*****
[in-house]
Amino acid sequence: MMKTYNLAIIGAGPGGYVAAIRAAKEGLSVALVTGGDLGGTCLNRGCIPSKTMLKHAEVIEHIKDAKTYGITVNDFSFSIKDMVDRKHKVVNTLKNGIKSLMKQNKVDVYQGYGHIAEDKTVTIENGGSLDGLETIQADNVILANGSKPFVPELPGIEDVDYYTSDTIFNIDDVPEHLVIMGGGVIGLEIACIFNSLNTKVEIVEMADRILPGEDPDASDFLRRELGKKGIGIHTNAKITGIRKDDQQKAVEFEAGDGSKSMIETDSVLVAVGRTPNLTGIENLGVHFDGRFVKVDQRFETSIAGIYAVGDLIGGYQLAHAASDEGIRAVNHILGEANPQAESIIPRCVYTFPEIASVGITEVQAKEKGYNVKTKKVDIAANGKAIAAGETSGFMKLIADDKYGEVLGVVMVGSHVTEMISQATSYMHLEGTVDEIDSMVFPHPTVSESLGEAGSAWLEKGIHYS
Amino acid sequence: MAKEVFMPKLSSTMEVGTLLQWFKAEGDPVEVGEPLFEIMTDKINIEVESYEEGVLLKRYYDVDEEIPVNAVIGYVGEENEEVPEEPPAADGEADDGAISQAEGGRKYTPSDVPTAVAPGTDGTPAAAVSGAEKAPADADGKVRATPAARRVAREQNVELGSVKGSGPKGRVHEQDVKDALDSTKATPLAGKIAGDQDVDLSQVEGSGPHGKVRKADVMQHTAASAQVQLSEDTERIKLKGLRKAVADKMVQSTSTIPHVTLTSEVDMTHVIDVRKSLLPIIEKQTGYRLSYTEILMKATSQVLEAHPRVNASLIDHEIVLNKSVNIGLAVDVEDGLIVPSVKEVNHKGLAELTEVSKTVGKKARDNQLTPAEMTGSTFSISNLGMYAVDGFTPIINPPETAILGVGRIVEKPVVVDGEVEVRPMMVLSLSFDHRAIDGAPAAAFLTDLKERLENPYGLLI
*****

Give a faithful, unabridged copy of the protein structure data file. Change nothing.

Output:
[in-house]
Amino acid sequence: MMKTYNLAIIGAGPGGYVAAIRAAKEGLSVALVTGGDLGGTCLNRGCIPSKTMLKHAEVIEHIKDAKTYGITVNDFSFSIKDMVDRKHKVVNTLKNGIKSLMKQNKVDVYQGYGHIAEDKTVTIENGGSLDGLETIQADNVILANGSKPFVPELPGIEDVDYYTSDTIFNIDDVPEHLVIMGGGVIGLEIACIFNSLNTKVEIVEMADRILPGEDPDASDFLRRELGKKGIGIHTNAKITGIRKDDQQKAVEFEAGDGSKSMIETDSVLVAVGRTPNLTGIENLGVHFDGRFVKVDQRFETSIAGIYAVGDLIGGYQLAHAASDEGIRAVNHILGEANPQAESIIPRCVYTFPEIASVGITEVQAKEKGYNVKTKKVDIAANGKAIAAGETSGFMKLIADDKYGEVLGVVMVGSHVTEMISQATSYMHLEGTVDEIDSMVFPHPTVSESLGEAGSAWLEKGIHYS
Amino acid sequence: MAKEVFMPKLSSTMEVGTLLQWFKAEGDPVEVGEPLFEIMTDKINIEVESYEEGVLLKRYYDVDEEIPVNAVIGYVGEENEEVPEEPPAADGEADDGAISQAEGGRKYTPSDVPTAVAPGTDGTPAAAVSGAEKAPADADGKVRATPAARRVAREQNVELGSVKGSGPKGRVHEQDVKDALDSTKATPLAGKIAGDQDVDLSQVEGSGPHGKVRKADVMQHTAASAQVQLSEDTERIKLKGLRKAVADKMVQSTSTIPHVTLTSEVDMTHVIDVRKSLLPIIEKQTGYRLSYTEILMKATSQVLEAHPRVNASLIDHEIVLNKSVNIGLAVDVEDGLIVPSVKEVNHKGLAELTEVSKTVGKKARDNQLTPAEMTGSTFSISNLGMYAVDGFTPIINPPETAILGVGRIVEKPVVVDGEVEVRPMMVLSLSFDHRAIDGAPAAAFLTDLKERLENPYGLLI